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Lindsey Graham denied motion to quash Fulton County subpoena, scores partial win

Washington Examiner logo Washington Examiner 9/1/2022 Ryan King
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Sen. Lindsey Graham (R-SC) scored a partial victory Thursday in his weekslong legal wrangling with investigators in Fulton County, Georgia, but he was dealt another blow to his overall bid to quash a subpoena against him.

Judge Robert McBurney, the county's superior court judge, kept the subpoena ordering the senator to appear before a special grand jury examining the 2020 election in place, but he conditioned that questions about Graham's decision-making process on the Senate vote to certify the election be deemed off-limits.


"[T]he Court does not find that it can simply accept Senator Graham’s sweeping and conclusory characterizations of the calls and ignore other objective facts in the record that call Senator Graham’s characterizations into question," he said.

McBurney's ruling is considerably more narrow than what the senator sought. Last week, Graham's legal team asked the court to preclude questions "on all the topics" sought by investigators, contending that the debate clause in the Constitution shielded him from such queries. The debate clause insulates legislators from certain law enforcement activity when engaging in legislative duties.

"As to the issue of partial quashal, the Court quashes the subpoena only as to questions about Senator Graham’s investigatory fact-finding on the telephone calls to Georgia election officials, including how such information related to his decision to certify the results of the 2020 presidential election," McBurney wrote in a court order.

Investigators have been keen on learning more about calls Graham had with Georgia Secretary of State Brad Raffensperger during the firestorm that followed the 2020 election. They subpoenaed him for testimony earlier this summer, provoking a legal challenge from Graham's lawyers.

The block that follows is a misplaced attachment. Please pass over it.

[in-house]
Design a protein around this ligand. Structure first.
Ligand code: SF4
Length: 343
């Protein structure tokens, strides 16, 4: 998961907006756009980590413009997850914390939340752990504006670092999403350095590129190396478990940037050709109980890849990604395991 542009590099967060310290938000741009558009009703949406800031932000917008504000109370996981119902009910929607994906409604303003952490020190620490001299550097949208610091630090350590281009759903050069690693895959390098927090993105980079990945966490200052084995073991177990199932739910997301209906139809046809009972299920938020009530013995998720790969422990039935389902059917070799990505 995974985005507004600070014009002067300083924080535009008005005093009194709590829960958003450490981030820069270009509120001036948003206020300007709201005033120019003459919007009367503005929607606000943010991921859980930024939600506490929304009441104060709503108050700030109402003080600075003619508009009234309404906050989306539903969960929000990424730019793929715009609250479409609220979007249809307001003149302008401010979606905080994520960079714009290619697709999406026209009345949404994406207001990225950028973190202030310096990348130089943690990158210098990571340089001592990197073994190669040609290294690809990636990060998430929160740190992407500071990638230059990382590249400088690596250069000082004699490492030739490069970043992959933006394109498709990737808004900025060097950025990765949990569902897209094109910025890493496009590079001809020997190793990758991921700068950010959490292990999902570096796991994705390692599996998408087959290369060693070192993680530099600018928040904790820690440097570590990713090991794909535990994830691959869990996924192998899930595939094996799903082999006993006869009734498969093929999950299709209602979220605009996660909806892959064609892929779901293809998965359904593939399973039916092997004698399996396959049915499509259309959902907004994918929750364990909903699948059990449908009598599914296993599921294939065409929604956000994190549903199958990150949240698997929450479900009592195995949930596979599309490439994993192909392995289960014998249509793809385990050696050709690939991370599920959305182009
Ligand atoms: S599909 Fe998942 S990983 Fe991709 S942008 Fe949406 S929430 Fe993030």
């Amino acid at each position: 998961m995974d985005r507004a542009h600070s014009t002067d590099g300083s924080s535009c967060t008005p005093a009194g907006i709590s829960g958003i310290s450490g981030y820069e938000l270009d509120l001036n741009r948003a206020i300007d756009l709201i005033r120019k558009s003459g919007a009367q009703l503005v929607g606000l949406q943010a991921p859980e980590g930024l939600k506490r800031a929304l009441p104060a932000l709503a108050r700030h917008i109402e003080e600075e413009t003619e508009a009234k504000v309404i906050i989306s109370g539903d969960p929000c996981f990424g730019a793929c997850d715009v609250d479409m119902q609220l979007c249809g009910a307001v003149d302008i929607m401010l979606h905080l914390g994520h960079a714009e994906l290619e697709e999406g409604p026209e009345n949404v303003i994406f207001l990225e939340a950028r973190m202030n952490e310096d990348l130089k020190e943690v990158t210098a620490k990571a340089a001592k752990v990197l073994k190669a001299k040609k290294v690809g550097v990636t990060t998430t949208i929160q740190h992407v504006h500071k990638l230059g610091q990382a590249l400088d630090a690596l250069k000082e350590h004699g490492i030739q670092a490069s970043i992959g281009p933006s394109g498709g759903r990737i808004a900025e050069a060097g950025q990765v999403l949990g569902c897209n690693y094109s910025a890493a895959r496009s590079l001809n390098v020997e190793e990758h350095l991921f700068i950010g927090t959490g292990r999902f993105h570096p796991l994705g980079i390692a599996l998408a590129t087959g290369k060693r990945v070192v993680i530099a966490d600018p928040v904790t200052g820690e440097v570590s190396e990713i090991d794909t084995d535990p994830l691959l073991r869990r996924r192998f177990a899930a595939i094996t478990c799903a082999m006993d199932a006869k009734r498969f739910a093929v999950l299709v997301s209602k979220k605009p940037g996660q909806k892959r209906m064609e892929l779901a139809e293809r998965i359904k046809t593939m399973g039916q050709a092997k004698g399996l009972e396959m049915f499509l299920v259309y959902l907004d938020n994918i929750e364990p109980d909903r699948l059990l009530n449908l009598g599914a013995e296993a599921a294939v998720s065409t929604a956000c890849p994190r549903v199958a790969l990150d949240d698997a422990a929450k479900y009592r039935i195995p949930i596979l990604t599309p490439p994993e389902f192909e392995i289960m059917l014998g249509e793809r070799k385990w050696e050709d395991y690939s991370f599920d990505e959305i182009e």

The South Carolina senator has been adamant that the calls were part of his "legislative fact-finding" mission, but prosecutors for Fulton County disagreed and argued he was meddling in Georgia's affairs.

McBurney left points of inquiry unrelated to Graham acting in his capacity as a senator open to investigators.

"As to the other categories, the Court finds that they are not legislative, and the Speech or Debate Clause does not apply to them. As such, Senator Graham may be questioned about any alleged efforts to encourage Secretary Raffensperger or others to throw out ballots or otherwise alter their election procedures," he added. "This is not legislative fact-finding on its face."


Fulton County District Attorney Fani Willis initiated the inquiry last year into whether criminal activity transpired during the fallout of the 2020 election. A special grand jury was impaneled to assist in May. The investigation was sparked by audio from a call that former President Donald Trump had with Raffensperger emphasizing the need to "find" 11,780 votes.

Since then, Willis estimates that the inquiry has secured "about 60%" of the testimony sought. This includes heavyweight witnesses such as Raffensperger, John Eastman, Jenna Ellis, Rudy Giuliani, and more. The inquiry recently scored a court victory to obtain testimony from Gov. Brian Kemp (R-GA) after the midterm elections.


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Tags: Lindsey Graham, News, Fulton County, Subpoena, 2020 Elections, Georgia, Senate

Original Author: Ryan King

Original Location: Lindsey Graham denied motion to quash Fulton County subpoena, scores partial win


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